Time writer Eliana Dockterman, who according to her Twitter account writes about 'culture, society & feminism,' has caused a heated discussion on Twitter after calling for a cultural re-examination of how superheroes are depicted.
"But as we engage in this long-overdue conversation about law enforcement, it’s high time we also talk about the most popular characters in the film, the ones who decide the parameters of justice and often enact them with violence: superheroes," Dockterman wrote in her piece.
Dockterman described superheroes as "cops with capes who enact justice with their powers" who are usually "straight, white men who either function as an extension of a broken US justice system or as vigilantes without any checks on their powers".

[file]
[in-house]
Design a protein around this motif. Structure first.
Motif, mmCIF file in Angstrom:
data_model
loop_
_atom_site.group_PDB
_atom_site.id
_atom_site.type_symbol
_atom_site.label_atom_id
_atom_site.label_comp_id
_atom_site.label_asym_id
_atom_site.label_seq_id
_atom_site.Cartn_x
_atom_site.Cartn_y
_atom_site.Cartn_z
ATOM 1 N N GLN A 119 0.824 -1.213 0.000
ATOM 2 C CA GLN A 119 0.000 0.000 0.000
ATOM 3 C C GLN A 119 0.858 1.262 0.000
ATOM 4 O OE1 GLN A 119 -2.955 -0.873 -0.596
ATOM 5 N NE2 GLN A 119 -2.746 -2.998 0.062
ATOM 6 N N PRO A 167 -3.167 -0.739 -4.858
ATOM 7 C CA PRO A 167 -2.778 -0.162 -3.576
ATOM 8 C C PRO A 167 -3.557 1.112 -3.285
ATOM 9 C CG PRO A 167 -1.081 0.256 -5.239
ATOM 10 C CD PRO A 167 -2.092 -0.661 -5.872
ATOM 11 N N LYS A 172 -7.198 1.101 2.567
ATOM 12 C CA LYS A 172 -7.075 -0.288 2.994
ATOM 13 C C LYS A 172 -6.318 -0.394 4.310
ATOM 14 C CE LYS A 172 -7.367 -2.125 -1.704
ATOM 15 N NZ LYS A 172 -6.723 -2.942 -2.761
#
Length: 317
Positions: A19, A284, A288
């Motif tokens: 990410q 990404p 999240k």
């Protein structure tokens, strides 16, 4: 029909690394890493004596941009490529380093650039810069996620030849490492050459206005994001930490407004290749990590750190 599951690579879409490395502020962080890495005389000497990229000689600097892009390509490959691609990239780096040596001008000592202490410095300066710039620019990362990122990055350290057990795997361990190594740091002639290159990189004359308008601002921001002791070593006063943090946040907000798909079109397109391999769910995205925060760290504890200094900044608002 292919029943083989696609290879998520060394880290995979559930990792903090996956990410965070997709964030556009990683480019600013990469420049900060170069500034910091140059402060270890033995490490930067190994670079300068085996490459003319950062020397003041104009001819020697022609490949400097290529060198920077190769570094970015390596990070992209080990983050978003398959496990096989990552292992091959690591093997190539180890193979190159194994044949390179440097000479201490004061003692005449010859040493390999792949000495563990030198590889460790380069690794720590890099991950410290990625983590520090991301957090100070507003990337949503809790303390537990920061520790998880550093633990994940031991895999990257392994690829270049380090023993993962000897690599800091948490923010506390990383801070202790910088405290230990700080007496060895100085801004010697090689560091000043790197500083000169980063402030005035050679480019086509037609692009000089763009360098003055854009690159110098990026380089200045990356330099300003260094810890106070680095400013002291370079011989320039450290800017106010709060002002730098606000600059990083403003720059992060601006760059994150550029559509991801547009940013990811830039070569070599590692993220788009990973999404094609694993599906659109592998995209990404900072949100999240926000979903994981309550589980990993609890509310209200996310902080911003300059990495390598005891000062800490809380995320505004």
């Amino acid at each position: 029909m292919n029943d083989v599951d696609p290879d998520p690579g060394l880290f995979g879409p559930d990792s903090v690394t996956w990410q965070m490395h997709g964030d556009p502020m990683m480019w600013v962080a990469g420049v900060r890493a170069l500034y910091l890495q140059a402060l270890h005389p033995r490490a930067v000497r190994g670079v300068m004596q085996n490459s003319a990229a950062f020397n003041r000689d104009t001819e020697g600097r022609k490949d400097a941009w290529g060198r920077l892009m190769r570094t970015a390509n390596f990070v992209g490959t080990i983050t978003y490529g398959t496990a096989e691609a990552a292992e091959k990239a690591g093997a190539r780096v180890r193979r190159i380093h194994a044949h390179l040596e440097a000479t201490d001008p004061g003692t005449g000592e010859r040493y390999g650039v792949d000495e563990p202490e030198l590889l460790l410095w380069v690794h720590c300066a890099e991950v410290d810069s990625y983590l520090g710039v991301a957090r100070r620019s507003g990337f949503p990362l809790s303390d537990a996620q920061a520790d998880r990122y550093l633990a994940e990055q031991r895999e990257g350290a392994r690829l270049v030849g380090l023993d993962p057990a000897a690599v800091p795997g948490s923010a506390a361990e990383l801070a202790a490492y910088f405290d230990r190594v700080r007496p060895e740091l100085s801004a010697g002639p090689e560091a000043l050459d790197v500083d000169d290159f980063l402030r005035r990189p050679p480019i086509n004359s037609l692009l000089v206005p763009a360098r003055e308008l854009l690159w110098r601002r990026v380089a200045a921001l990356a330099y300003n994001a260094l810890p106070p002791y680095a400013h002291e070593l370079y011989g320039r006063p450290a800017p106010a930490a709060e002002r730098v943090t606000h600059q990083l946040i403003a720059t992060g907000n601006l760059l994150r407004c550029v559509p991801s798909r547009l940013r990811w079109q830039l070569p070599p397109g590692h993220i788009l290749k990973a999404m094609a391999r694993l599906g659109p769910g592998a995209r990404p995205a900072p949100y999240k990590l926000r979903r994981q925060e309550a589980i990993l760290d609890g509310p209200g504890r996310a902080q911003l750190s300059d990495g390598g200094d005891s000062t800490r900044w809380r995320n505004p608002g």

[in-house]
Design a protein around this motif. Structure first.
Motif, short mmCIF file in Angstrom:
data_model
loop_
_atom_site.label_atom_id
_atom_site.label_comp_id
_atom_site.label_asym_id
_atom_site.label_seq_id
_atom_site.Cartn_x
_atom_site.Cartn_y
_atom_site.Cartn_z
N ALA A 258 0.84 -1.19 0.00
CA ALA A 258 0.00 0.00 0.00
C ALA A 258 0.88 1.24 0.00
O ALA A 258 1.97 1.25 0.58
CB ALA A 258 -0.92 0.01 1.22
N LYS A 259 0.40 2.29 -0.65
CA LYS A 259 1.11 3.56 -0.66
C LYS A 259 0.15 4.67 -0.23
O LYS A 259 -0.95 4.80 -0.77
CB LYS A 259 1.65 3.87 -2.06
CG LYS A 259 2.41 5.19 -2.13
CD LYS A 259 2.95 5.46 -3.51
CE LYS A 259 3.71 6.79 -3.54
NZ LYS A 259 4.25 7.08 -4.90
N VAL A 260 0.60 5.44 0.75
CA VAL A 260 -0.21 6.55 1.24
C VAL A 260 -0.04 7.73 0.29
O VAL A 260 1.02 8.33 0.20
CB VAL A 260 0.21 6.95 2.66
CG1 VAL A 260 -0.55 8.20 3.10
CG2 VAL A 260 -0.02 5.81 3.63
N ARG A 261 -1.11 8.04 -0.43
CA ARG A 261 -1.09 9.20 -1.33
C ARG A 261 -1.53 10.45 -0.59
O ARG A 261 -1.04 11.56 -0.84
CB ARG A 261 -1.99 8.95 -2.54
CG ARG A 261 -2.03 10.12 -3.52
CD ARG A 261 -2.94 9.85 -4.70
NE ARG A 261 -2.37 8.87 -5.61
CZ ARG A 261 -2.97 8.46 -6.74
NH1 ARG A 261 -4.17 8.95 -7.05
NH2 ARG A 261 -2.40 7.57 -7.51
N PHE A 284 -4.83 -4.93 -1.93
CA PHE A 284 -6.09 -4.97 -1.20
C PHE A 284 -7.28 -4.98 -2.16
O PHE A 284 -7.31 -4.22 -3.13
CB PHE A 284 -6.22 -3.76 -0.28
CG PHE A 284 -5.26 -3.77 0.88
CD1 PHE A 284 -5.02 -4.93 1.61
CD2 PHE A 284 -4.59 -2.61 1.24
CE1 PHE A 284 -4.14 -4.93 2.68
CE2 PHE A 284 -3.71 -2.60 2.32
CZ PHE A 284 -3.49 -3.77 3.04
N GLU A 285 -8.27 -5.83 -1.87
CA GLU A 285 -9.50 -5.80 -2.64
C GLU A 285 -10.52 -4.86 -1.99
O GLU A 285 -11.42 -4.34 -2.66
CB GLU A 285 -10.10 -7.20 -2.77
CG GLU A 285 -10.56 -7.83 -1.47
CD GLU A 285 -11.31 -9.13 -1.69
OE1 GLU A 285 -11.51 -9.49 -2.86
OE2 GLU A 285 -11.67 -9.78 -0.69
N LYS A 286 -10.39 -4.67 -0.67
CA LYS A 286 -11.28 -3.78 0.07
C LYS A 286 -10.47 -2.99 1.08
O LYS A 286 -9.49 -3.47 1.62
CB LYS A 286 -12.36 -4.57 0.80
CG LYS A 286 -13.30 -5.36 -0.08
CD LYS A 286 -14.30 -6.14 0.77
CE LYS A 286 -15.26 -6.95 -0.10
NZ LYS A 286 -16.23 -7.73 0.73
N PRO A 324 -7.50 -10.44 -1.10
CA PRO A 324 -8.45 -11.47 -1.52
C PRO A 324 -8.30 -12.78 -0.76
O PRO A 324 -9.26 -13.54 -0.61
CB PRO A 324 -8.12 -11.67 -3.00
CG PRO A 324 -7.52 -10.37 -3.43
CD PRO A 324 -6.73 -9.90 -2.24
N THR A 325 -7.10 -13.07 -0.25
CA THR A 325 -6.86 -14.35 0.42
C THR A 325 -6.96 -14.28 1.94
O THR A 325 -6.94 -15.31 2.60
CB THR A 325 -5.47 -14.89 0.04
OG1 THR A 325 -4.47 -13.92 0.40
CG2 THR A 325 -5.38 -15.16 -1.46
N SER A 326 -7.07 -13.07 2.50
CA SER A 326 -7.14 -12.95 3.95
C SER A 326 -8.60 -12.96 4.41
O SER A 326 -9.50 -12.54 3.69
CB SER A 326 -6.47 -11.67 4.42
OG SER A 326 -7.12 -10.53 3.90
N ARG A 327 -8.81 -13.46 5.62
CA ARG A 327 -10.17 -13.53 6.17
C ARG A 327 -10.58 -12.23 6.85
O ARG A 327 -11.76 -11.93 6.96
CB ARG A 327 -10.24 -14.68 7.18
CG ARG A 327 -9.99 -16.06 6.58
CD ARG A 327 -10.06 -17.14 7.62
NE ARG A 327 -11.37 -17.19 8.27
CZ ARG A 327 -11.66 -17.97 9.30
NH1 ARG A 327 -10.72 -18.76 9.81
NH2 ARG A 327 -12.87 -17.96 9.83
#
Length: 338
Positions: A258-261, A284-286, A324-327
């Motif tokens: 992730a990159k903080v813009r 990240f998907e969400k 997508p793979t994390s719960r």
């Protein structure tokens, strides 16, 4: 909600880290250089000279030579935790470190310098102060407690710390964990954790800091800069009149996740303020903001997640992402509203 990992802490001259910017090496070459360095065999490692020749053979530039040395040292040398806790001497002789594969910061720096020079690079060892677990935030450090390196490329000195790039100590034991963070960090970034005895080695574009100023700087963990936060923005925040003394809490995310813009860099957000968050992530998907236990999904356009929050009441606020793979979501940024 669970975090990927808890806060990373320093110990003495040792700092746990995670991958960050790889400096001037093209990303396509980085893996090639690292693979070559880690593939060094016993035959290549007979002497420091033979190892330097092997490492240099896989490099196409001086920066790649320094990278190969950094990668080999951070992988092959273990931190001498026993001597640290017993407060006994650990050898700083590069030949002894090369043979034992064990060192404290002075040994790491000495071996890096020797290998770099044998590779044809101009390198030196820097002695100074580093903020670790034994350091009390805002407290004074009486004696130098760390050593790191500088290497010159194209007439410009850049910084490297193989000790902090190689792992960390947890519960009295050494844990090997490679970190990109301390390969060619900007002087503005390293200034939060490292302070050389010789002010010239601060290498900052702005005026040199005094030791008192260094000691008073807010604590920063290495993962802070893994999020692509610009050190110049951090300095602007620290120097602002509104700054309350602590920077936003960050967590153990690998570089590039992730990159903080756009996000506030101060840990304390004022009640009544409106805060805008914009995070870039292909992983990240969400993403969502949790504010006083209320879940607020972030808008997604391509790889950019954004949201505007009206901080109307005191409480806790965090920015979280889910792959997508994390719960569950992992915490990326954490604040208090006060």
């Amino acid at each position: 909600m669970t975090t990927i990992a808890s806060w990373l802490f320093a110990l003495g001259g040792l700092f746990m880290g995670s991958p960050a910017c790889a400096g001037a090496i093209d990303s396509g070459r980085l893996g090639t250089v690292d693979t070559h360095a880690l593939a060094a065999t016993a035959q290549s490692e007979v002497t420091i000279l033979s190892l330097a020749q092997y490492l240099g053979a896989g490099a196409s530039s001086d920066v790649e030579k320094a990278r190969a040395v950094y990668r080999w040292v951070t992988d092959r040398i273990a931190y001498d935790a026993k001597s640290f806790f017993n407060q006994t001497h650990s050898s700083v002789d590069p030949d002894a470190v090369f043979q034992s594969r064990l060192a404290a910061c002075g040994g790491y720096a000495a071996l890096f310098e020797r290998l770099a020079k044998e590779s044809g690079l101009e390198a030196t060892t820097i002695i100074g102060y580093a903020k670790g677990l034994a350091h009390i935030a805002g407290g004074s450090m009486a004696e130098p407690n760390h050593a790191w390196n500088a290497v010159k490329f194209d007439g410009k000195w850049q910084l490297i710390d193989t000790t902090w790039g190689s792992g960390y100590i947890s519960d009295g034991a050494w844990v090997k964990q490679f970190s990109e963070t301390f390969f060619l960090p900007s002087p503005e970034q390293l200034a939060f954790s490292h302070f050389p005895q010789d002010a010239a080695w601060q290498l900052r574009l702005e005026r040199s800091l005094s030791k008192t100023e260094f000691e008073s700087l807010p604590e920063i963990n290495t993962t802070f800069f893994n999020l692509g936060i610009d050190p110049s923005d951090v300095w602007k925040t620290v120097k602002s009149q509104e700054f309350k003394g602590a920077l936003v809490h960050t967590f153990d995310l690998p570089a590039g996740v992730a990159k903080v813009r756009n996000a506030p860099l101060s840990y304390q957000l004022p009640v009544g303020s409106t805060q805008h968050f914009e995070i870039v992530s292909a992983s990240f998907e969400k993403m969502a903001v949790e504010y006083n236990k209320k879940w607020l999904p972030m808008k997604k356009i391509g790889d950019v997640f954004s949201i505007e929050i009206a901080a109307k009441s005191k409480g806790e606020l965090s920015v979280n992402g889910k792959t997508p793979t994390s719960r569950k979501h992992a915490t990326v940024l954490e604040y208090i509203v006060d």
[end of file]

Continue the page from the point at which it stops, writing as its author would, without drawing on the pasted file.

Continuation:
She stated that as historically, superhero creators and stars in these movies are white men, "it’s hardly surprising that so few reckon with issues of systemic racism—let alone sexism, homophobia, transphobia and other forms of bigotry embedded in the justice system or the inherent biases these superheroes might carry with them as they patrol the streets or the universe."
Besides Blade, the author has cited "Black Panther" and "Spider-Man: Into the Spiderverse" as good examples of elevating the conversation.
The article, however, has been met with harsh opposition on social media.
No we don't. There are about 100 more important things going on the world than superheroes in movies.— No Lives Matter (@martiallaur) June 30, 2020
😂😂😂 this is satire right?— Regan Teague, CFA (@reganteague) July 1, 2020